Will Butler + Sister Squares | s/t | MRG840
Sara Dobbs and Jenny Shore used to work summer stock theater in St. Louis, Missouri. They’d do
the hand jive with TV stars past and future; they’d get coldly corrected by the ancient, legendary
choreographer Gemze de Lappe. Sara went on to Broadway, including a run as Anybodys in West
Side Story. Jenny went on to choreograph in the independent dance scene of early 2000s Chicago.
Julie Shore is Jenny’s sister. She’s always made music—playing Chopin, writing songs, making
bands with her friends. She’s had the archetypal Millennial journey of entering adulthood in the ’08
financial crisis and figuring out what stupid series of jobs you have to take to pay rent while
keeping an artistic life alive.
Miles Francis grew up in New York City with Backstreet Boys posters covering their walls. An
extraordinary drummer since youth, Miles thrives in collaboration—whether producing artists in
their West Village studio, performing with artists like Angelique Kidjo, or powering protests with a
big marching drum.
These four—Miles, Julie, Jenny, and Sara—are Sister Squares. What made them a musical unit was
working with Grammy winner and Oscar nominee Will Butler. They’ve all just finished a new
record together: Will Butler + Sister Squares.
* * *
“I met Jenny—my wife!—in college, the year before I joined Arcade Fire. She was a choreographer;
my roommate was a dancer. He convinced me to come to an audition, though I had never taken
dance. Jenny was impressed—but she didn’t cast me,” says Will. They went on to collaborate on a
series of shows: Will (and friends) providing music, Jenny (and friends) providing dance. They
married in 2007.
“When I needed a band to tour Policy [Merge, 2015], I asked Julie to join because I trusted her
musically. And I asked Sara, Jenny and Julie’s childhood friend, because I knew she was super
talented,” says Will.
“Antibalas (who I was drumming for) opened some Arcade Fire shows,” says Miles. “I was
captivated by Will’s performing. He was creating all these micro DIY performance-art moments
within a massive arena show, and I wanted to know everything about it.” Miles offered to play
drums anytime Will needed.
Will, Julie, Sara, and Miles jelled on tour. Julie and Sara showed Miles how to do eye makeup
backstage; everyone worked on vocal arrangements. All along, Jenny contributed to recordings and
general performance ideas, and she joined onstage in 2019.
* * *
“After Generations [Merge, 2020], I considered making a weird solo record. Me alone in the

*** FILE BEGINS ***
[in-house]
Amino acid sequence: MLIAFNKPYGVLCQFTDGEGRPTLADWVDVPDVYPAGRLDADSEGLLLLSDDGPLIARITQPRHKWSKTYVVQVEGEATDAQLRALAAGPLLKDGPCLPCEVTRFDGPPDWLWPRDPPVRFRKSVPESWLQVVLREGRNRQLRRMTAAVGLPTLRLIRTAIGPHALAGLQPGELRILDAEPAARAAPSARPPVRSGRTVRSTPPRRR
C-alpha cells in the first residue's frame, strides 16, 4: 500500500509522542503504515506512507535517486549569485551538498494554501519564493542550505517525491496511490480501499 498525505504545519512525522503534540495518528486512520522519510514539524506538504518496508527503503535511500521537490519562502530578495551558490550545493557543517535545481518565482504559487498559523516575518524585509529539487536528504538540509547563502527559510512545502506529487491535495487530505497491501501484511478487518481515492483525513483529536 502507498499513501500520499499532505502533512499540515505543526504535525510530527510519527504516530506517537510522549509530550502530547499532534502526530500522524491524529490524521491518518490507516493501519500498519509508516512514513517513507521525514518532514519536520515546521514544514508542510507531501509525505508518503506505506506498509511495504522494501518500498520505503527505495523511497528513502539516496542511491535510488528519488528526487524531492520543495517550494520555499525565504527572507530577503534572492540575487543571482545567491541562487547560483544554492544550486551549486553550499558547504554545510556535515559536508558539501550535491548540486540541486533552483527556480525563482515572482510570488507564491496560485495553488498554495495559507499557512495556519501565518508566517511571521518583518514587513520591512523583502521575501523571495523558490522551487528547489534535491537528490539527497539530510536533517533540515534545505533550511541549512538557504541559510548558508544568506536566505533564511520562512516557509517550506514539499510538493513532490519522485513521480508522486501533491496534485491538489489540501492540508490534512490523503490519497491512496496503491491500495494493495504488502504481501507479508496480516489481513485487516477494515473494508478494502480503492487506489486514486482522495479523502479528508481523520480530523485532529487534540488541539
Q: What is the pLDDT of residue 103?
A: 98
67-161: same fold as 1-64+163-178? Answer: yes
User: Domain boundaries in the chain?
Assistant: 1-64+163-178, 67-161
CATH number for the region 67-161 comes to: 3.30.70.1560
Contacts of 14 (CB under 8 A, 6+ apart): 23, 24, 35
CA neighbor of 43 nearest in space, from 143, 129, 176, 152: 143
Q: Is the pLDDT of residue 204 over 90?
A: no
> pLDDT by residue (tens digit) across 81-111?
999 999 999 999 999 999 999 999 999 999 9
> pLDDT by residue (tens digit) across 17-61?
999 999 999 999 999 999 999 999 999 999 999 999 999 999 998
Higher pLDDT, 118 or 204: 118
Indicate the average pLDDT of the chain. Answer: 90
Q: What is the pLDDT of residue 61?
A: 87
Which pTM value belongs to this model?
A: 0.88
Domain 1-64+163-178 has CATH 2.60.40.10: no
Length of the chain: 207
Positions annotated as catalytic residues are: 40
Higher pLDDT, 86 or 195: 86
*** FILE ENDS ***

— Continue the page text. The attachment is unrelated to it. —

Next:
basement, etc., etc. Mostly I realized that what I wanted was the opposite,” says Will. He
increasingly turned to the band for feedback on lyrics and song structures. He asked Miles if they’d
produce the record.
“Will and I organically discovered our relationship as a production duo through making this album.
We didn’t have to talk too much about things as they happened, because the music just flowed,”
says Miles. “As a producer, working with Jenny, Julie, and Sara is the dream. They connect so
innately. In one motion they can conjure a mood, or get at the root of a feeling.”
The band played a run of shows in August 2022, airing out studio ideas in live rooms. After coming
home, the band regrouped at Figure 8 Studios in Brooklyn.
“I could tell from the physical energy that it was going to be good. We were dancing during takes,
taking cues from each other. At one point, Sara and I had our tap shoes on,” says Jenny. The album,
broadly, is equal parts from Figure 8, group experiments from Will’s basement, and sessions in
Miles’ Synthia Studio.
“I had quit my band Arcade Fire very recently, after 20 years—maybe the most complex decision of
my life. I had spent the preceding two years at home with my three children. I was 39 years old. I
was waking up every morning and reading Emily Dickinson, until I had read every Emily Dickinson
poem. I was listening to Morrissey, to Shostakovich, to the Spotify top 50. I had unformed questions
with inchoate answers,” says Will. “But, honestly, I was feeling great about the record.”
The album projects widescreen emotional landscapes. Lead-off single “Long Grass” is like a Harry
Styles song with 20 more years of life behind it. Standout track “Saturday Night” has a beat,
according to Miles, “with that robot-alien-dancing-at-a-haunted-dive-bar feeling that we were going
for.” The back half of the album is a danceable, weird choral record with harmonies both beautiful
and dissonant. Closing song “The Window” is the comedown after the party—Julie playing a Chopin
Nocturne on a three-years-out-of-tune piano, slowed to half-speed on tape with Will singing over it
in a voice exactly as tired as he was. It’s a record with a warm, humane soul.
Miles, on a moment of synchronicity captured to tape: “It came out uniquely ours, a tiny bespoke
musical bloom that can never be exactly reproduced. Those kinds of moments between all of us are
embedded all over this album.